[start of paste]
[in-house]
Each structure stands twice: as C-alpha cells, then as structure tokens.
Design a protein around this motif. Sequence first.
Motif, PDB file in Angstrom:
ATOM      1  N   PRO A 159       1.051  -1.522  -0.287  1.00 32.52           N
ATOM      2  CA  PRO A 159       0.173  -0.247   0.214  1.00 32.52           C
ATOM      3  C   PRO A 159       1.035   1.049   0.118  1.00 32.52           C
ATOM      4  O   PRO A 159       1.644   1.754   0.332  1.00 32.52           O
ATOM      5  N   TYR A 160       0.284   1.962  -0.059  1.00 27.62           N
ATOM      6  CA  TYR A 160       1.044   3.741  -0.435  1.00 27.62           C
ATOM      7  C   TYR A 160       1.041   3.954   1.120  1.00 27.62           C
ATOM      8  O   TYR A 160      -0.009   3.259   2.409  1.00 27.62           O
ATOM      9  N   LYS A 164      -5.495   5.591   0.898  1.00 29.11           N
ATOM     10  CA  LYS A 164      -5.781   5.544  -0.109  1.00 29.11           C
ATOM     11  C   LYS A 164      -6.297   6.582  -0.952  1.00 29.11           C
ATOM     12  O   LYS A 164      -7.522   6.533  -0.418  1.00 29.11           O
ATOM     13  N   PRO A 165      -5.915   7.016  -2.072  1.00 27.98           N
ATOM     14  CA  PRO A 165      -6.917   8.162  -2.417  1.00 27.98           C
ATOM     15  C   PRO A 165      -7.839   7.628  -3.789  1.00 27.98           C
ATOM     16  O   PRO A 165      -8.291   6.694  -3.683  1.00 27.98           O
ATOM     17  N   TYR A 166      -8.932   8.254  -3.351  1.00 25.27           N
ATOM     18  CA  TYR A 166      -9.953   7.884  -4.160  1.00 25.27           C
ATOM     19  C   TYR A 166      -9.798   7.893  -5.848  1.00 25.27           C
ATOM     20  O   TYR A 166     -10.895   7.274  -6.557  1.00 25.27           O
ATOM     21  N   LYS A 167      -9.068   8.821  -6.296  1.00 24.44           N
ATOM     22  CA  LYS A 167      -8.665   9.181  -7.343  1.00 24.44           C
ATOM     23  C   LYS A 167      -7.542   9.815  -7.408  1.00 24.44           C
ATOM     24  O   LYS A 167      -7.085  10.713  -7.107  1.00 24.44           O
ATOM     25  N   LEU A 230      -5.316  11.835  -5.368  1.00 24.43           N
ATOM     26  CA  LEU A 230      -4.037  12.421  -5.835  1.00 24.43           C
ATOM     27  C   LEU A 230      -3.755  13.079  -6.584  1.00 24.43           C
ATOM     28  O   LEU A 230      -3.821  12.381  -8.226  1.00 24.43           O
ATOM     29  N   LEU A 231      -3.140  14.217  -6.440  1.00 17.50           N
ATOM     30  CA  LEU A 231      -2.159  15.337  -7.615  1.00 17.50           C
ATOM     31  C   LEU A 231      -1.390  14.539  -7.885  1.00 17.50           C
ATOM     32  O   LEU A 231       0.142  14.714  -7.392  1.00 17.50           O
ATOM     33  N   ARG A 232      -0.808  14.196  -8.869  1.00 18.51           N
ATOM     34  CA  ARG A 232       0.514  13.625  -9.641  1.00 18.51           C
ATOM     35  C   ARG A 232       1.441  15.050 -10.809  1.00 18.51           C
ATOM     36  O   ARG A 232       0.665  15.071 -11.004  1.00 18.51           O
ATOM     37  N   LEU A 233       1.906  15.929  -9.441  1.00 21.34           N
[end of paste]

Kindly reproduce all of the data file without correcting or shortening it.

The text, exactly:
[in-house]
Each structure stands twice: as C-alpha cells, then as structure tokens.
Design a protein around this motif. Sequence first.
Motif, PDB file in Angstrom:
ATOM      1  N   PRO A 159       1.051  -1.522  -0.287  1.00 32.52           N
ATOM      2  CA  PRO A 159       0.173  -0.247   0.214  1.00 32.52           C
ATOM      3  C   PRO A 159       1.035   1.049   0.118  1.00 32.52           C
ATOM      4  O   PRO A 159       1.644   1.754   0.332  1.00 32.52           O
ATOM      5  N   TYR A 160       0.284   1.962  -0.059  1.00 27.62           N
ATOM      6  CA  TYR A 160       1.044   3.741  -0.435  1.00 27.62           C
ATOM      7  C   TYR A 160       1.041   3.954   1.120  1.00 27.62           C
ATOM      8  O   TYR A 160      -0.009   3.259   2.409  1.00 27.62           O
ATOM      9  N   LYS A 164      -5.495   5.591   0.898  1.00 29.11           N
ATOM     10  CA  LYS A 164      -5.781   5.544  -0.109  1.00 29.11           C
ATOM     11  C   LYS A 164      -6.297   6.582  -0.952  1.00 29.11           C
ATOM     12  O   LYS A 164      -7.522   6.533  -0.418  1.00 29.11           O
ATOM     13  N   PRO A 165      -5.915   7.016  -2.072  1.00 27.98           N
ATOM     14  CA  PRO A 165      -6.917   8.162  -2.417  1.00 27.98           C
ATOM     15  C   PRO A 165      -7.839   7.628  -3.789  1.00 27.98           C
ATOM     16  O   PRO A 165      -8.291   6.694  -3.683  1.00 27.98           O
ATOM     17  N   TYR A 166      -8.932   8.254  -3.351  1.00 25.27           N
ATOM     18  CA  TYR A 166      -9.953   7.884  -4.160  1.00 25.27           C
ATOM     19  C   TYR A 166      -9.798   7.893  -5.848  1.00 25.27           C
ATOM     20  O   TYR A 166     -10.895   7.274  -6.557  1.00 25.27           O
ATOM     21  N   LYS A 167      -9.068   8.821  -6.296  1.00 24.44           N
ATOM     22  CA  LYS A 167      -8.665   9.181  -7.343  1.00 24.44           C
ATOM     23  C   LYS A 167      -7.542   9.815  -7.408  1.00 24.44           C
ATOM     24  O   LYS A 167      -7.085  10.713  -7.107  1.00 24.44           O
ATOM     25  N   LEU A 230      -5.316  11.835  -5.368  1.00 24.43           N
ATOM     26  CA  LEU A 230      -4.037  12.421  -5.835  1.00 24.43           C
ATOM     27  C   LEU A 230      -3.755  13.079  -6.584  1.00 24.43           C
ATOM     28  O   LEU A 230      -3.821  12.381  -8.226  1.00 24.43           O
ATOM     29  N   LEU A 231      -3.140  14.217  -6.440  1.00 17.50           N
ATOM     30  CA  LEU A 231      -2.159  15.337  -7.615  1.00 17.50           C
ATOM     31  C   LEU A 231      -1.390  14.539  -7.885  1.00 17.50           C
ATOM     32  O   LEU A 231       0.142  14.714  -7.392  1.00 17.50           O
ATOM     33  N   ARG A 232      -0.808  14.196  -8.869  1.00 18.51           N
ATOM     34  CA  ARG A 232       0.514  13.625  -9.641  1.00 18.51           C
ATOM     35  C   ARG A 232       1.441  15.050 -10.809  1.00 18.51           C
ATOM     36  O   ARG A 232       0.665  15.071 -11.004  1.00 18.51           O
ATOM     37  N   LEU A 233       1.906  15.929  -9.441  1.00 21.34           N